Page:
Let’s Illustrate Dark Souls 3: Final Thoughts

Believe it or not Fault did eventually manage to Luck Knight her way through the final boss and I finally got to see what the normal ending of Dark Souls 3 was like (minimalistic but nonetheless touching and nostalgic).

But before we close this project up I just wanted to share a few last thoughts.

Thoughts On The Game

I came into Dark Souls 3 with a lot of baggage from having played both the previous Dark Souls games as well as Demon’s Souls and Bloodborne. This made it very hard to enjoy the game on it’s own merits.

In fact, as I played the game for the first time I found myself feeling disappointed. The plot didn’t quite live up to my expectations and the mechanical changes made to spellcasting meant none of the builds I had planned out in my head worked quite like I expected them to.

Sure, I still beat the game but I wasn’t happy about it. Which was a real tragedy because the game really did have a lot to offer and a lot of things I should have loved.

This is what gave birth to the Luck Knight build. Making a purposefully silly build took my mind off the non-viable builds I had wanted to try and let me enjoy the game for its challenge. Plus knowing ahead of time what to expect from the plot meant I was able to enjoy it for the solid sequel it was instead of being critical of its failure to be as original as, well, the original.

At which point everything clicked and I had fun again.

So final analysis: It’s a fun sequel with challenging and interesting gameplay. The plot was disappointingly straightforward for a FromSoftware adventure game but given this was the second sequel to what was originally meant to be a standalone game I think they really did the best they could.

Thoughts On The Gimmick

Playing with a Luck Knight build focused entirely around the almost useless Luck stat definitely made the game harder than it needed to be, but not nearly as hard as I had worried it would. Admittedly the first two and last two bosses were extremely frustrating but most of the rest of the run was merely pleasantly difficult. I got to see the full move set of every boss (I think) and had to come up with actual strategies for how to dodge and fight. No super tanking or overwhelming bosses so badly they barely had a chance to fight back.

Overall the biggest challenge was the artificially low strength and dexterity I was stuck with due to my silly “no higher than one third of luck” rule. This really crippled Fault’s damage output and severely limited her choice of weapons and shields. She didn’t get a 100% shield until very near the end of the game and she didn’t qualify for any good crowd control weapons until she was far enough in the game she didn’t need them anymore.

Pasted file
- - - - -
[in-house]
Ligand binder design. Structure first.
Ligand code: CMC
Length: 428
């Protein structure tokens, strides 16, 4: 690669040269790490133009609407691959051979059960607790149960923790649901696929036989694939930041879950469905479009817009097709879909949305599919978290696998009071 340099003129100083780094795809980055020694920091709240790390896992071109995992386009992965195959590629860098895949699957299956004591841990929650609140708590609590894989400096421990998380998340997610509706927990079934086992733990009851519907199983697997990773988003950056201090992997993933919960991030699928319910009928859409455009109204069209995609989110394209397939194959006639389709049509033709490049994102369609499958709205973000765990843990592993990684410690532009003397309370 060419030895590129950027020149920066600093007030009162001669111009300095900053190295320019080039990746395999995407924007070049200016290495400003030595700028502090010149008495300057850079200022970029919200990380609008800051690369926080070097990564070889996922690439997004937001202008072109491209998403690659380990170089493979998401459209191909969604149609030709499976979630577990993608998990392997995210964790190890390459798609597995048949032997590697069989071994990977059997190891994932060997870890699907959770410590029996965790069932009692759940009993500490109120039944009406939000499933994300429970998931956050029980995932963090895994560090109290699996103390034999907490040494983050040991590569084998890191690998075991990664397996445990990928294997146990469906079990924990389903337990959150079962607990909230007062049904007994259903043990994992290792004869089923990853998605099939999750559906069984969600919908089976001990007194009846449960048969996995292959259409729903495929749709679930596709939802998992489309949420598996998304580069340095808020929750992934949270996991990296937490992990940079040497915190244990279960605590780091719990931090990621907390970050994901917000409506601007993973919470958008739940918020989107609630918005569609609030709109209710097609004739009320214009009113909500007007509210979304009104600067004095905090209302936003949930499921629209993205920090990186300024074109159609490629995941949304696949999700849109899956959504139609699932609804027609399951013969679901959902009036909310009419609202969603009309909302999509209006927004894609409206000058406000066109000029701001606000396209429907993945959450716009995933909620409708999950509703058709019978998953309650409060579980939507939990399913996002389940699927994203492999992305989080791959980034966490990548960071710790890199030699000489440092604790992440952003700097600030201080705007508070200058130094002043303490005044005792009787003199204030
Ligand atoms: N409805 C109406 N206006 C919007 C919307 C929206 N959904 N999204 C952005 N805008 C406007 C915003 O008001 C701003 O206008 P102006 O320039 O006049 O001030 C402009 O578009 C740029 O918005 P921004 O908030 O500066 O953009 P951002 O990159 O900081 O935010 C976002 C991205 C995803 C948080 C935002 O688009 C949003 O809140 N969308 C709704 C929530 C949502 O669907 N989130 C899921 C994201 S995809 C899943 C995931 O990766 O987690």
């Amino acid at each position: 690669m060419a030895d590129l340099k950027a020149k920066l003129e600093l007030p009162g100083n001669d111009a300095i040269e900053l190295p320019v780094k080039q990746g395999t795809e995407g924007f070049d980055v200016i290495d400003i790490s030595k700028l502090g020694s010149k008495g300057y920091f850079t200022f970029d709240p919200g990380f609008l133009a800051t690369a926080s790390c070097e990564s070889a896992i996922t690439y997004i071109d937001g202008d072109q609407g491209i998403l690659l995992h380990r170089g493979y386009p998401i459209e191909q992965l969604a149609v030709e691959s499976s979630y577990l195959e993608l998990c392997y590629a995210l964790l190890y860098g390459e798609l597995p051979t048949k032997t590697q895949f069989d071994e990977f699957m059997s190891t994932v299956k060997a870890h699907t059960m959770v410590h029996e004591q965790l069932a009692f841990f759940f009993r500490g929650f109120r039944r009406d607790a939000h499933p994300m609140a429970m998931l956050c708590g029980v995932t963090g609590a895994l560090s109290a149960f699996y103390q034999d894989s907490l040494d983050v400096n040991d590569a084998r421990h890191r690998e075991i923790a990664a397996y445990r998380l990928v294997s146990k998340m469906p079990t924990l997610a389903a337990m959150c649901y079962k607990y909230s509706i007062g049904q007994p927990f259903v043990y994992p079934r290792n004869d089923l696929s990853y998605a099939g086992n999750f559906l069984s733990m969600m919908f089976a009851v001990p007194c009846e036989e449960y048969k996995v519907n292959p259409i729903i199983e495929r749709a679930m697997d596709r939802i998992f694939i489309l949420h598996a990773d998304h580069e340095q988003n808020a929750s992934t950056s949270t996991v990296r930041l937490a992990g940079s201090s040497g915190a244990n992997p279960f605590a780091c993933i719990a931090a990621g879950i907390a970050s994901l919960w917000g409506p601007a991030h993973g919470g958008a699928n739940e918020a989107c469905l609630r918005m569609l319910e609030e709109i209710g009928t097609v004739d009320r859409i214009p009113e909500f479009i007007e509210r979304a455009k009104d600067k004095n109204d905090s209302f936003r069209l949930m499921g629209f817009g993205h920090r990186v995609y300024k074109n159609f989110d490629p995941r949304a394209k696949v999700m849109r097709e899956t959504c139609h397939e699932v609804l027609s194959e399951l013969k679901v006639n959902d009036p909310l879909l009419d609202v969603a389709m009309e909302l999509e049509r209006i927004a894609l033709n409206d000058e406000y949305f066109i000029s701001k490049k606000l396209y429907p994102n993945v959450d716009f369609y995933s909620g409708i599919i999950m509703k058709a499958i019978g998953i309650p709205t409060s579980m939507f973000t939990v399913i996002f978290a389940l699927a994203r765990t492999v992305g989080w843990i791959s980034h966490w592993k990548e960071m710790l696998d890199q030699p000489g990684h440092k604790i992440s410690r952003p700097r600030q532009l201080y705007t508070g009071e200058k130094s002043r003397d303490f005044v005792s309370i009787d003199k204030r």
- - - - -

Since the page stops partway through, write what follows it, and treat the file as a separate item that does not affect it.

Fortunately the existence of luck scaling hollow weapons meant Fault wasn’t completely helpless. But even then I think I was using them wrong. From what I could see Hollow weapons don’t become pure luck scaling weapons, instead they keep their old scaling and then add a small amount of luck on top. So a build with say, 30 dex and 30 luck would probably get a lot more mileage out of a hollow rapier than my 16 dex 50 luck build.

If I were to try and do a serious luck build with no restrictions I probably would have raised my dex to 16 as soon as possible in order to get access to the Uchigatana you can loot from the crazed swordsman outside the main shrine. It’s a decent weapon with bleed damage (which scales with Luck!). I would then raise my strength high enough to use a 100% shield and from there on out I’d raise Dex and Luck evenly. The high dex would boost my damage while the high luck would boost my drops and eventually add even more damage once I got access to hollow imbuing.

I would also probably stay hollow for the extra luck bonus on hollow weapons and maybe even give the Anri questline a go in order to get access to his super luck sword.

But like I said, being a Luck Knight wasn’t about trying to make a good lucky character. It was about playing the game on my own mildly disgruntled terms and winning anyways. Which I did.

So do I regret this run? Not at all.

Would I suggest it to anyone else? Not really.

Are people on the Internet going to try it anyways? Probably.

Thoughts On My Art

After comparing my first few entries to my last few entries I think it’s safe to say I’ve gotten better at drawing. But I think it’s also safe to say that better is not the same as good.

This isn’t particularly surprising. Two months of daily practice doesn’t even add up to a full 100 hours of work.

Still, I did figure out the basics of how my tablet and drawing software work and managed to develop at least a little hand eye coordination. I still have a long way to go but they say every journey begins with a single step and I just took 36 of them.

I guess the next step then is to move beyond casual doodling and start trying to develop some sort of actual consistent cartoon style. Maybe practice a little figure drawing.

Either way Dark Souls 3 is over, so we’re going to need a new source of inspirations. And while it will probably be a week or two before I start posting the next series I guess you do all at least deserve a hint.

Let’s just say that there was a point where the Elder Scrolls were merely middle aged.